That was Rep Zoe Lofgren’s (D-CA) advice in the fallout of the tabulation controversy that was the Iowa Caucus result that overshadowed by days the announced winner.
(For posterity, it was Mayor Pete Buttigieg in delegate count and Bernie Sanders in the popular vote. But as history in the Age of Trump has taught us, it is ultimately delegates and how they translate into electors in the Electoral College that matter; just ask Hillary).
Until this election, I have always been a passive voter, even when I was aghast that the Republican Party I had voted for since Reagan not only made Donald J. Trump it’s nominee, but twisted and contorted itself to resemble Trump rather than he lead the party according to the principles and the Constitution it claims to respect.
I recognized the danger of Trump from the beginning; I viewed him as completely unqualified by experience, temperament and character to be President. I wasn’t wrong, but I didn’t go far enough in my concern. Other than to vote for Clinton, I didn’t get off the couch, connect with an organized group and do everything I could to stop Trump from becoming President.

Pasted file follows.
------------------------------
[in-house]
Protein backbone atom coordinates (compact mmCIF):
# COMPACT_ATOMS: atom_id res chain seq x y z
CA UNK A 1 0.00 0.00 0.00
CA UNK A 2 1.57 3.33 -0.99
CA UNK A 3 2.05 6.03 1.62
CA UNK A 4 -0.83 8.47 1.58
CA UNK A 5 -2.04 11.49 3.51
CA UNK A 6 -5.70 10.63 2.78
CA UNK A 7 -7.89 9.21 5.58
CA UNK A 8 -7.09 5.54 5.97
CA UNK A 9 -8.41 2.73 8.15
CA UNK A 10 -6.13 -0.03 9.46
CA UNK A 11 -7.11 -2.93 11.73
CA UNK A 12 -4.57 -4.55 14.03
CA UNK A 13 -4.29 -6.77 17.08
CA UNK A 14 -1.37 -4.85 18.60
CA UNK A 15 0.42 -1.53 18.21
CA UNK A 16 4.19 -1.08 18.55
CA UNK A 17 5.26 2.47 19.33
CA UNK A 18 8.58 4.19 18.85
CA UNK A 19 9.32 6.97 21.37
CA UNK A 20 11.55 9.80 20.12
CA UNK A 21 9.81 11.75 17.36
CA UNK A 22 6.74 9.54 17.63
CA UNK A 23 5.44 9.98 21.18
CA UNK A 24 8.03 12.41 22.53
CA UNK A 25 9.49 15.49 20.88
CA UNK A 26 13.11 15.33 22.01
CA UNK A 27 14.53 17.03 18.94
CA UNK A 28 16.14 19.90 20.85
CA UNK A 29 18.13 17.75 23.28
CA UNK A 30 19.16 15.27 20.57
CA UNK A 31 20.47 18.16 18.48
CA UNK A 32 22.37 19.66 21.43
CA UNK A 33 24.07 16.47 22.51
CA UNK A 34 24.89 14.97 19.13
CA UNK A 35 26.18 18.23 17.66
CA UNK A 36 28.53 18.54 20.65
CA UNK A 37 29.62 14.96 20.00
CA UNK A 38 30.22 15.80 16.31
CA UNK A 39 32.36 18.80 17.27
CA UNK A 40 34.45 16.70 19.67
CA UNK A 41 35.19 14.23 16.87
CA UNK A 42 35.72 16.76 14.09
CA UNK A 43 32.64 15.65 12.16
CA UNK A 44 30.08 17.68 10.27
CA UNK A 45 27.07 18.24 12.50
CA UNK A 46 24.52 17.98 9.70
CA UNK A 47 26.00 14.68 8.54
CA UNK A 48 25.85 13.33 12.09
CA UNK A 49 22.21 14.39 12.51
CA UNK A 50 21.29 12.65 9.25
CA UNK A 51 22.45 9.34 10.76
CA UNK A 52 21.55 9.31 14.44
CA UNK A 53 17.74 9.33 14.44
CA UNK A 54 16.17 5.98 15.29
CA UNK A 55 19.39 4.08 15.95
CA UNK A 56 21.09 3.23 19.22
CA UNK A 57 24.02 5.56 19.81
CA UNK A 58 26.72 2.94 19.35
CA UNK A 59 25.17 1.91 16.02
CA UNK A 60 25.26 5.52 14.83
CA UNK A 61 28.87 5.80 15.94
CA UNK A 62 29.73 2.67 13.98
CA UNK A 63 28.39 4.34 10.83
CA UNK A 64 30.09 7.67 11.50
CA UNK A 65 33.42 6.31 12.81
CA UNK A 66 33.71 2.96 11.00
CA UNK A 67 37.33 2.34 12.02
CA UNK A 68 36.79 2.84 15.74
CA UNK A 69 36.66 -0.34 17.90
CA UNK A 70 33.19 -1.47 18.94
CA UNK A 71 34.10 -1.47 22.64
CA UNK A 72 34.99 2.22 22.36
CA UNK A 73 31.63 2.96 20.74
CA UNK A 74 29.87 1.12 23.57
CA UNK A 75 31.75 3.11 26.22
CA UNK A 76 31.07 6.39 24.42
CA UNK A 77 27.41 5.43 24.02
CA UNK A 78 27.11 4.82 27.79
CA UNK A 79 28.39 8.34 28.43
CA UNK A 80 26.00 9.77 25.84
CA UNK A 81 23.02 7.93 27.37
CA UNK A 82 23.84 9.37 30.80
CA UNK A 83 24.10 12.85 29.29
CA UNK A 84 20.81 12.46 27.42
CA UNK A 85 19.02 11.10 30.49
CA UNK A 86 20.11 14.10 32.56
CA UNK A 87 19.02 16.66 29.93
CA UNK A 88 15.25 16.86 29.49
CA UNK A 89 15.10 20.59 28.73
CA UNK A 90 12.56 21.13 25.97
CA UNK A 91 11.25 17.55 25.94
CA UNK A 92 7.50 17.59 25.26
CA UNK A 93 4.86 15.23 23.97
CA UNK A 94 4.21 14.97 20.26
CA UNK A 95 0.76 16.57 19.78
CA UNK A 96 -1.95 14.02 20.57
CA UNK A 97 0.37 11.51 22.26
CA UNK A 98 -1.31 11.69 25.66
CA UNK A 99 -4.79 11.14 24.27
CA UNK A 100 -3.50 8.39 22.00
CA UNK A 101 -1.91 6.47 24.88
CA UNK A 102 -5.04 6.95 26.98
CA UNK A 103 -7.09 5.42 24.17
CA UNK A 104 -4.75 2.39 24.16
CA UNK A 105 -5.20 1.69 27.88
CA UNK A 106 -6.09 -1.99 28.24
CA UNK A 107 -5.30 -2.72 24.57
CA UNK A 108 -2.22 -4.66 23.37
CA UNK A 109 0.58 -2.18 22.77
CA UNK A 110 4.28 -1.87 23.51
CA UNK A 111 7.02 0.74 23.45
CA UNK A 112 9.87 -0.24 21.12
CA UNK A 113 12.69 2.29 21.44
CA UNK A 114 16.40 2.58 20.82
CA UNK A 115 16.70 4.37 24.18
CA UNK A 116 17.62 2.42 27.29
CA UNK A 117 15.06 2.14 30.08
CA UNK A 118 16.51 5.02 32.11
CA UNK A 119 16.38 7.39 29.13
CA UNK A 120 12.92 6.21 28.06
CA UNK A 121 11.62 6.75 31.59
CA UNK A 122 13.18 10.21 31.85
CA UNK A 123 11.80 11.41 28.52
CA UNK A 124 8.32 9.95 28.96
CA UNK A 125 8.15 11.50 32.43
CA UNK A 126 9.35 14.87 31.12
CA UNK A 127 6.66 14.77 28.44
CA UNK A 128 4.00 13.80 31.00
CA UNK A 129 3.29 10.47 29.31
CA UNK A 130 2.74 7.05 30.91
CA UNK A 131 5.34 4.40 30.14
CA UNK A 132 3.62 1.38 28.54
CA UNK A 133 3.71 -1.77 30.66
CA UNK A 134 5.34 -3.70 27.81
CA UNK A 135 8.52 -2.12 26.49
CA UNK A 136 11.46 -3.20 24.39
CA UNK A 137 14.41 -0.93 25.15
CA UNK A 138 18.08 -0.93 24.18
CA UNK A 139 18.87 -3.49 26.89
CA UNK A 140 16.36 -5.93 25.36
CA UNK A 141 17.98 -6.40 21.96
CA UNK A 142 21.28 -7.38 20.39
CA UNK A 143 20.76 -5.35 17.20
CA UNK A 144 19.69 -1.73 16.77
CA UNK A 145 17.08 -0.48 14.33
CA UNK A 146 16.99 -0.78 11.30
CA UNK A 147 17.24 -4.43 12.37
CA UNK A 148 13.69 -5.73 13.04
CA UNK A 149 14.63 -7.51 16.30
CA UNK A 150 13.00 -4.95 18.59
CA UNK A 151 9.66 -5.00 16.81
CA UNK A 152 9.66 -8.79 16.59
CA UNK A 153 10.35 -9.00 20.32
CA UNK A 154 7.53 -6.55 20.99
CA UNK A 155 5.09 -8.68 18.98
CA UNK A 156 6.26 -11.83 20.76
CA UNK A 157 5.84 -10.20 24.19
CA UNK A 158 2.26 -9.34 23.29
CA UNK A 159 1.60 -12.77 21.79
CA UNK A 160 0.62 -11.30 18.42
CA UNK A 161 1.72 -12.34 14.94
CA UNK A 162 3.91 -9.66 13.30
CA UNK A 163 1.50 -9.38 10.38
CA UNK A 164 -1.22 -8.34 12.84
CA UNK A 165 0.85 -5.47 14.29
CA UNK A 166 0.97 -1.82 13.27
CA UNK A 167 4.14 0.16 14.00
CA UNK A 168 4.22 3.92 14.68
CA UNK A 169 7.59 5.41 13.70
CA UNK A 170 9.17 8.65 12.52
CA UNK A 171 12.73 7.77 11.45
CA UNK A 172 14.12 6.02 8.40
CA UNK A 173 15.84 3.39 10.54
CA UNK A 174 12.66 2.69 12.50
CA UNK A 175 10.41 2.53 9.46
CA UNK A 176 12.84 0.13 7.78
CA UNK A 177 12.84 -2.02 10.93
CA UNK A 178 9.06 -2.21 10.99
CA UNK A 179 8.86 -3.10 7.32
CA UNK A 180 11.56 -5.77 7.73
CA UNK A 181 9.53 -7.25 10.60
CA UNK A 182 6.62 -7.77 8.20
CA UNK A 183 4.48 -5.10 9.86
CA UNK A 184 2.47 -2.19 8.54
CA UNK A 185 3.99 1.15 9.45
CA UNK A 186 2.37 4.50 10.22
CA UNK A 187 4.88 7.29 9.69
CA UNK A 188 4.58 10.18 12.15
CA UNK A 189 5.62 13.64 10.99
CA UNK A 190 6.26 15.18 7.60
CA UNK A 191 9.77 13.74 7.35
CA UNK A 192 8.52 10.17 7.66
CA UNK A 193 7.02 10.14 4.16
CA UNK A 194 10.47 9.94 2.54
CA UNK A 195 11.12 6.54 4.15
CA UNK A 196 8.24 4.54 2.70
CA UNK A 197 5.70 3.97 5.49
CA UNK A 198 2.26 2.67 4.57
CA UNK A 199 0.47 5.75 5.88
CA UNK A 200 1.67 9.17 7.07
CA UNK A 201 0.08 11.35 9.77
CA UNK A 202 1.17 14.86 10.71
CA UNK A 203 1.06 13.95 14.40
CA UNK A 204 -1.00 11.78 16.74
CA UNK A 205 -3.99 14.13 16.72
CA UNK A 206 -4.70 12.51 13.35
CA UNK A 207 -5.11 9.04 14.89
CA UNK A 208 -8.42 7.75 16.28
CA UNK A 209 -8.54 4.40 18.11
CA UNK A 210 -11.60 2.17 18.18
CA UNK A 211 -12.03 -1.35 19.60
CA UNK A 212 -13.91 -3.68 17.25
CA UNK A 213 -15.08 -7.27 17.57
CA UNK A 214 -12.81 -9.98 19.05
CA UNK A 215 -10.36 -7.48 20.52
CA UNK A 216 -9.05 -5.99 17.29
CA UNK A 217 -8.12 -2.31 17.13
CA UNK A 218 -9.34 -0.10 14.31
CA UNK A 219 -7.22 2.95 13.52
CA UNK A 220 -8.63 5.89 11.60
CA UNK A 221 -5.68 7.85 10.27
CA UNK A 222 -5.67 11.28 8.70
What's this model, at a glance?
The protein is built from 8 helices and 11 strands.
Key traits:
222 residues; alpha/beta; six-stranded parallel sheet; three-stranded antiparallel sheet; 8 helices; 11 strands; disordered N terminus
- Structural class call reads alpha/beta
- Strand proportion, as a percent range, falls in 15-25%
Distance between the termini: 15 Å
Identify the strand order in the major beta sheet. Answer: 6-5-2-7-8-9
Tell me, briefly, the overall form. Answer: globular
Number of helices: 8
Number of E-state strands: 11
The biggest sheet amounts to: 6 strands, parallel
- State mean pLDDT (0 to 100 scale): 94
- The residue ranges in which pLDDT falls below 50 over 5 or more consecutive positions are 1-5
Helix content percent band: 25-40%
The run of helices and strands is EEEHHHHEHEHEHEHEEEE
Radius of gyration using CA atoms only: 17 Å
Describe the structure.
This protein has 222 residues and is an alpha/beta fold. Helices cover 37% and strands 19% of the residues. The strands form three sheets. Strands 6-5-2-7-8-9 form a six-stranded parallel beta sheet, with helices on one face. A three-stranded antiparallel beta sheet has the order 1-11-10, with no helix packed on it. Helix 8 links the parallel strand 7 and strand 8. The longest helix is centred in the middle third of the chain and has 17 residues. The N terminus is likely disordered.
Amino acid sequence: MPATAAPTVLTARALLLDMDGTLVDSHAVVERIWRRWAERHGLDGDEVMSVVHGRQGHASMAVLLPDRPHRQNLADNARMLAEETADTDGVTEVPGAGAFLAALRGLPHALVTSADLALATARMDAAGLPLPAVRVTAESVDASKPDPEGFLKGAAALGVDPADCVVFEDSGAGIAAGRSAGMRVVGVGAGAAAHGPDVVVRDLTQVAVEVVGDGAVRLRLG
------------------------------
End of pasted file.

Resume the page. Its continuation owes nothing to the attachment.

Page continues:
Yes, we are in the midst of a climate crisis that should have alarm bells ringing higher than the Dow climbs for billionaire tax breaks and corporate de-regulation. Yes, college grads are drowning in debt to qualify for entry level jobs that don’t allow them to live as comfortably as those who came before them. Yes, we need to remodel our educational, healthcare and infrastructure systems.
But as critical as all that is, it is not the most immediate threat we face: Trump is. If we do not vote in large enough numbers to grant us the greater number of Electoral College votes, we may not have time in future to correct all the current challenges that could overwhelm us and the world in which we live.
If you don’t get off the couch to do anything else, please go vote on Election Day for whomever the Democratic nominee may be.
As for me, I will be busy helping to organize that voter turnout in November by joining with local groups here in GA and hopefully for the eventual nominee.
At 66, I am lacing up my sneakers and getting politically active for the first time in my life.